Linear TV Is Crashing As Streaming Dominates: What Does That Mean For BET, Revolt And TV One?

Linear TV Is Crashing As Streaming Dominates: What Does That Mean For BET, Revolt And TV One?

linear TV

Linear TV, the traditional medium that delivers content via cable or satellite on a predetermined schedule with all viewers watching simultaneously, has been overtaken in terms of market share by video-on-demand streaming, which allows viewers to access content when they want.

Traditionally loyal cable and satellite TV subscribers, Black households are increasingly cutting the cord, according to a 2021 study from market research firm Horowitz. Data showed that pay-TV penetration among Black households sank from 88 percent in 2017 to 61 percent in 2021.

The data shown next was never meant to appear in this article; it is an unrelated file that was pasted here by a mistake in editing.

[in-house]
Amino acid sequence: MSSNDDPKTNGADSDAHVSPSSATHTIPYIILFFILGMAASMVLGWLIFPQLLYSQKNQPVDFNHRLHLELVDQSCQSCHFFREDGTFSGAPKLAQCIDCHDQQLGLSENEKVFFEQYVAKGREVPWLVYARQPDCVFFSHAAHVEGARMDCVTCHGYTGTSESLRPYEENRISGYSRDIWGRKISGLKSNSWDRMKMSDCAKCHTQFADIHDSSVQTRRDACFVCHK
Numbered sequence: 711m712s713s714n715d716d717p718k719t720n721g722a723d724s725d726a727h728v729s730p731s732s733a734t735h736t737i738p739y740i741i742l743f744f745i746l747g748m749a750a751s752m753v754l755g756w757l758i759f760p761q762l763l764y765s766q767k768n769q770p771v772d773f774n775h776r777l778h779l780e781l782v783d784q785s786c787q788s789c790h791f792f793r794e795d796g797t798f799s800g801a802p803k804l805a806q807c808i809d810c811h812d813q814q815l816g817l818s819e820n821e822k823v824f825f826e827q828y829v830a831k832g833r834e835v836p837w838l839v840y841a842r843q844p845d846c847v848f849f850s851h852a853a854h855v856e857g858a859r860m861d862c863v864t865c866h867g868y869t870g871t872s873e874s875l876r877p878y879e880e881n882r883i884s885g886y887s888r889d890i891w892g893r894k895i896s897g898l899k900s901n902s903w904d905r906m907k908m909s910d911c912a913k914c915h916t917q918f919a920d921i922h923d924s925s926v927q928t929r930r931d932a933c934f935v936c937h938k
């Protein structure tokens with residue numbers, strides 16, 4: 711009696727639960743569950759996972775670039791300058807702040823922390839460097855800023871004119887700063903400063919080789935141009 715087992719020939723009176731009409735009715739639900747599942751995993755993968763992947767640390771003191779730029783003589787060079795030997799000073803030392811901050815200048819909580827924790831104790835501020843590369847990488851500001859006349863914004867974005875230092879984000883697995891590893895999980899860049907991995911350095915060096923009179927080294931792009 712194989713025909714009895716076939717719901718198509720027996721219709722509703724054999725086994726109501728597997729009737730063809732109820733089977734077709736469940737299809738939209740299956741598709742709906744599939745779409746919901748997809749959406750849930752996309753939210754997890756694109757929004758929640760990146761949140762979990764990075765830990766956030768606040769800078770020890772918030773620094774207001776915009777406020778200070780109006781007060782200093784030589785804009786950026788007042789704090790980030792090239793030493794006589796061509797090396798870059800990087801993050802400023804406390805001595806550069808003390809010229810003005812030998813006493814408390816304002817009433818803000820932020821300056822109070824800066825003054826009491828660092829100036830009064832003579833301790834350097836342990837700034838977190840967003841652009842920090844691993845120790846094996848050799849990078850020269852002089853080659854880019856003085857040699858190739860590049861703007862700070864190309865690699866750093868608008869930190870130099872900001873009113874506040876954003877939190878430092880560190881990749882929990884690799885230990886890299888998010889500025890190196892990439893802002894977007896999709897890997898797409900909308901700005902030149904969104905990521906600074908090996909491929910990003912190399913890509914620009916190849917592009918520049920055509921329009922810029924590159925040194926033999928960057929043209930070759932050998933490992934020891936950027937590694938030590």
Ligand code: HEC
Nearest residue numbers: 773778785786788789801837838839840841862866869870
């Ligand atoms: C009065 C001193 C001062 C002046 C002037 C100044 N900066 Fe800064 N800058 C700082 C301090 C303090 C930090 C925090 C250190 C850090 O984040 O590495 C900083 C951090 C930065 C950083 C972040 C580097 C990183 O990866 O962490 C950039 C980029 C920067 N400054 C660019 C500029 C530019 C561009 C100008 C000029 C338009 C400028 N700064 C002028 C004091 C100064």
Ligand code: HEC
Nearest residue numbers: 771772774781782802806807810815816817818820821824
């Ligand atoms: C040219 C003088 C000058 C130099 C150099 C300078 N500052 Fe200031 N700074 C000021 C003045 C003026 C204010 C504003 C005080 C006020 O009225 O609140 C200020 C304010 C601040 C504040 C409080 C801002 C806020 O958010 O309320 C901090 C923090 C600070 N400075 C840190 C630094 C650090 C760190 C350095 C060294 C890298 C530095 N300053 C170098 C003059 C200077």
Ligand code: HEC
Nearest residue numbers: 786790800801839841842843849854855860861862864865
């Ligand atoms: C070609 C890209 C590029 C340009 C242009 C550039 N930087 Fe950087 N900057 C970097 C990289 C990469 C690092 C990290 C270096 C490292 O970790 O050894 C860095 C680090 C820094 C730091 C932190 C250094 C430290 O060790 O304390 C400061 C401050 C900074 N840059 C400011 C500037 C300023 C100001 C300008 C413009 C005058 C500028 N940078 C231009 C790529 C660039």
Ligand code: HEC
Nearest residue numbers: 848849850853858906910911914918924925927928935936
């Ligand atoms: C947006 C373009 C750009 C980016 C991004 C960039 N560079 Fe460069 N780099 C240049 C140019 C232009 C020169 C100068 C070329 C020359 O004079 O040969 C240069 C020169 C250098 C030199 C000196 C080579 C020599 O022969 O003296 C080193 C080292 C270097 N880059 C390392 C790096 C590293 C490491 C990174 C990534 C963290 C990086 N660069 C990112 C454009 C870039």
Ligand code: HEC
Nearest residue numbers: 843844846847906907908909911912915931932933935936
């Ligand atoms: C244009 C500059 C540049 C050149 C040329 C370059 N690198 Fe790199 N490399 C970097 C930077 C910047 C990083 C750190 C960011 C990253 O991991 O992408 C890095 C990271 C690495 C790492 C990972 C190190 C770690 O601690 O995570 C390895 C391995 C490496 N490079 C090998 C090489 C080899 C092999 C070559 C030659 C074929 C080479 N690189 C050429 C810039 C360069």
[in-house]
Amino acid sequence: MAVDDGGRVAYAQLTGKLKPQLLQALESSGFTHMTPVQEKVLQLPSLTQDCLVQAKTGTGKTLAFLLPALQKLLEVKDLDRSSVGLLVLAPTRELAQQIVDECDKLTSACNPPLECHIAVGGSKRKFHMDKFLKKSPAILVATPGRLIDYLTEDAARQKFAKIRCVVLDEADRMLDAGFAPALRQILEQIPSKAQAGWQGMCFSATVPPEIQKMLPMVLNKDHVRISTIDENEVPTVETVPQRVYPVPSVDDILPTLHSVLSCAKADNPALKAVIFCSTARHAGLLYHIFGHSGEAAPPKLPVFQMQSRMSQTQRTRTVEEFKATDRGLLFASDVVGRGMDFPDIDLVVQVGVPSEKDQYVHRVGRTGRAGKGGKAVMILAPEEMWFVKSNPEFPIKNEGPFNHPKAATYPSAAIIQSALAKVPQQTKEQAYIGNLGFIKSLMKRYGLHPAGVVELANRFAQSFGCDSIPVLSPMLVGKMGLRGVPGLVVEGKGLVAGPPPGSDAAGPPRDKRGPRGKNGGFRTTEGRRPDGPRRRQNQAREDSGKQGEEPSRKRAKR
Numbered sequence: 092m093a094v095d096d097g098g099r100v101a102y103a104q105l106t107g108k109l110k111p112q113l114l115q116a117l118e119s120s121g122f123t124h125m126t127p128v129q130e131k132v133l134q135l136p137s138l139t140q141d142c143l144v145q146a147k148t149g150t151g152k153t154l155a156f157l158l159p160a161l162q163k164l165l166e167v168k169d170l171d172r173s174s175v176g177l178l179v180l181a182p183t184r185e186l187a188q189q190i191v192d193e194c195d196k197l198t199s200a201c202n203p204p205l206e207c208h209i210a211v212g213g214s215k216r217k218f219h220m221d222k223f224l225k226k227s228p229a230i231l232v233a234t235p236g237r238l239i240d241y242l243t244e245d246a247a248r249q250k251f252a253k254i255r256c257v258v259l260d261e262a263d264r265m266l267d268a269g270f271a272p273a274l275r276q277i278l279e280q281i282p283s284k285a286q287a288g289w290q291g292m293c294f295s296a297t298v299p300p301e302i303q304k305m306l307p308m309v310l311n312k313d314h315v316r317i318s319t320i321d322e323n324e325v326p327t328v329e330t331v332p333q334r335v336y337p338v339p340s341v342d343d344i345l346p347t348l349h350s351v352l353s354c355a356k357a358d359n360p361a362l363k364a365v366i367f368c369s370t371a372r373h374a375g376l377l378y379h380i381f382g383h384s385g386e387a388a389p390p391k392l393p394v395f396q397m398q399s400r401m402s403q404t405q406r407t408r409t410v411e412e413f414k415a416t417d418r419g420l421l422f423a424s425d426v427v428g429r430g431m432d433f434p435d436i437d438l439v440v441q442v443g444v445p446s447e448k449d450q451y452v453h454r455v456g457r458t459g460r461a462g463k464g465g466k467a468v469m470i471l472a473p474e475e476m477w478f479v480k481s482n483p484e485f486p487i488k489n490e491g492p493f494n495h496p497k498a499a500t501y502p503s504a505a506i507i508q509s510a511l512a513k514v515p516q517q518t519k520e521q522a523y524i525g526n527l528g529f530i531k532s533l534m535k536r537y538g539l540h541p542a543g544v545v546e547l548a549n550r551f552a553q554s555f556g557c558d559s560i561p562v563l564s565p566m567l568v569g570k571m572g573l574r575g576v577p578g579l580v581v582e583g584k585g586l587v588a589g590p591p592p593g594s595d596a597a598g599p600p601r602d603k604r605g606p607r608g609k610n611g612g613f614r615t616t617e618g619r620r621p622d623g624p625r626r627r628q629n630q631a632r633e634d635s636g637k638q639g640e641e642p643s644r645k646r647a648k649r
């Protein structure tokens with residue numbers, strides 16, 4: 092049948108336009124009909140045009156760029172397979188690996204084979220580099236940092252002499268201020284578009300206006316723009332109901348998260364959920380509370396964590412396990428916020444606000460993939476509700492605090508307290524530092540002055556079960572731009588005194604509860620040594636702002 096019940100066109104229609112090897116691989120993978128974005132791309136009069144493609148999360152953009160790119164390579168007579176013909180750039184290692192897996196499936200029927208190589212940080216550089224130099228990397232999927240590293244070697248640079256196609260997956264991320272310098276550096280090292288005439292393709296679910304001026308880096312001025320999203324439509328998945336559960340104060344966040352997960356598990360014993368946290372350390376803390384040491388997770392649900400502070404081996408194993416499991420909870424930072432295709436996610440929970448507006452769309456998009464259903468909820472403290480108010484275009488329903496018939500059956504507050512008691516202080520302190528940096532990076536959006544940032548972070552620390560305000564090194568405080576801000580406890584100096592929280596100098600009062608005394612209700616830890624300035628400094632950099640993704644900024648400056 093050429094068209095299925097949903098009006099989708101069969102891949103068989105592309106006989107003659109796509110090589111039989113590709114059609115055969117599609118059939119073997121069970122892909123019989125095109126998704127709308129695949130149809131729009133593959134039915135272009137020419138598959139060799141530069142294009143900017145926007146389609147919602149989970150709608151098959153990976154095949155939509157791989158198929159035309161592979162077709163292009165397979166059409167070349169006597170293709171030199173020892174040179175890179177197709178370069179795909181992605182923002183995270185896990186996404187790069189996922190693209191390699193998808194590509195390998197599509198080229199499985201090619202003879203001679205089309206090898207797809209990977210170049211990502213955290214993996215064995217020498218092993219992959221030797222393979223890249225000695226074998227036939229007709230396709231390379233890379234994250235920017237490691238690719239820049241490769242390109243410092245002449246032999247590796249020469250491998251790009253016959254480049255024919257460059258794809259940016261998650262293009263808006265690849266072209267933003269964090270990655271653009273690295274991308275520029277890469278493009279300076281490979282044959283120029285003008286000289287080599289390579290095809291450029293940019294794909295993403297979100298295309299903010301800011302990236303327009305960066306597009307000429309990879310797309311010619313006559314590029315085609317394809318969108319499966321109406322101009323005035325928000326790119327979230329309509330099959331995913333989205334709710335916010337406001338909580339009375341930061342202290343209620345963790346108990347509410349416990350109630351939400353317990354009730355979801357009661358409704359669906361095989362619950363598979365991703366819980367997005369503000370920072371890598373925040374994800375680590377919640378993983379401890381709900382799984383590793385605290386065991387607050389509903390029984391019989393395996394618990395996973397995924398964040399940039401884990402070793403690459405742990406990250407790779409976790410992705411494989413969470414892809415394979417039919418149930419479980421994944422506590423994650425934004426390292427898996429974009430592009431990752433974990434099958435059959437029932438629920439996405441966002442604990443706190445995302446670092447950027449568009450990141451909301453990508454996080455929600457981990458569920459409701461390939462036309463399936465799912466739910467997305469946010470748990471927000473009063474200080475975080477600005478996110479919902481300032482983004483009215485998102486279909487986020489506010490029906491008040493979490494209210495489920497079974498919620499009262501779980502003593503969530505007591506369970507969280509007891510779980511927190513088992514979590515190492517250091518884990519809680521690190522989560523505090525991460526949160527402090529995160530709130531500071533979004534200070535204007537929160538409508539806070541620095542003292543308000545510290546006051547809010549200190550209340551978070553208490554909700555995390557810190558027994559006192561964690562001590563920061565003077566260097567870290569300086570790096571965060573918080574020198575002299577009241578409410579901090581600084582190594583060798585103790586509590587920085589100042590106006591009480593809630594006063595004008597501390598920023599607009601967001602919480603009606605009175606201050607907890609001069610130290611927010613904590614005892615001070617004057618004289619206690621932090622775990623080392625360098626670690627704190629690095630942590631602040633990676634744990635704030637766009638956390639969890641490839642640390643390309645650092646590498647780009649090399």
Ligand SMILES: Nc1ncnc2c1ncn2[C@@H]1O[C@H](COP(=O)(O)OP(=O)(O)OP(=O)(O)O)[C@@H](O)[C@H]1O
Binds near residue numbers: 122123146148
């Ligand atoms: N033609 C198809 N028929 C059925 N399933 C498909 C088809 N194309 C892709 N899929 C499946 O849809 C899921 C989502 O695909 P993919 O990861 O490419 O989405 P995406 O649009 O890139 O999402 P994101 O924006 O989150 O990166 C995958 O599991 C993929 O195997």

In the survey, 60 percent of Black respondents said they watch content that’s specifically geared to Black audiences at least weekly.

“Many companies are late to the game, only now focusing on the Black audience in the context of BLM and new diversity mandates,” said Adriana Waterston, Horowitz’s chief revenue officer and leader in insights and strategy.

Streaming viewership exceeded cable TV use for the first time in 2022, according to Nielsen. And this year, linear TV viewing has fallen below 50 percent of total share among U.S. viewers for the first time ever as streaming grows in popularity, according to Nielsen’s July 2023 report.

Cable viewing dropped below 30 percent for the first time, down 12.5 percent year-over-year. Broadcast usage decreased to 20 percent, down 5.4 percent YoY. Meanwhile, streaming services accounted for a record high of 38.7 percent of total U.S. TV usage, skyrocketing 25.3 percent in the past year.

In the past, people who switched from cable TV to streaming cited lower prices. However, streaming is catching up. The Financial Times recently published data that showed the top U.S. streaming platforms will cost $87 per month in total this fall. The average cable subscription is cheaper at $83 per month, according to the FT.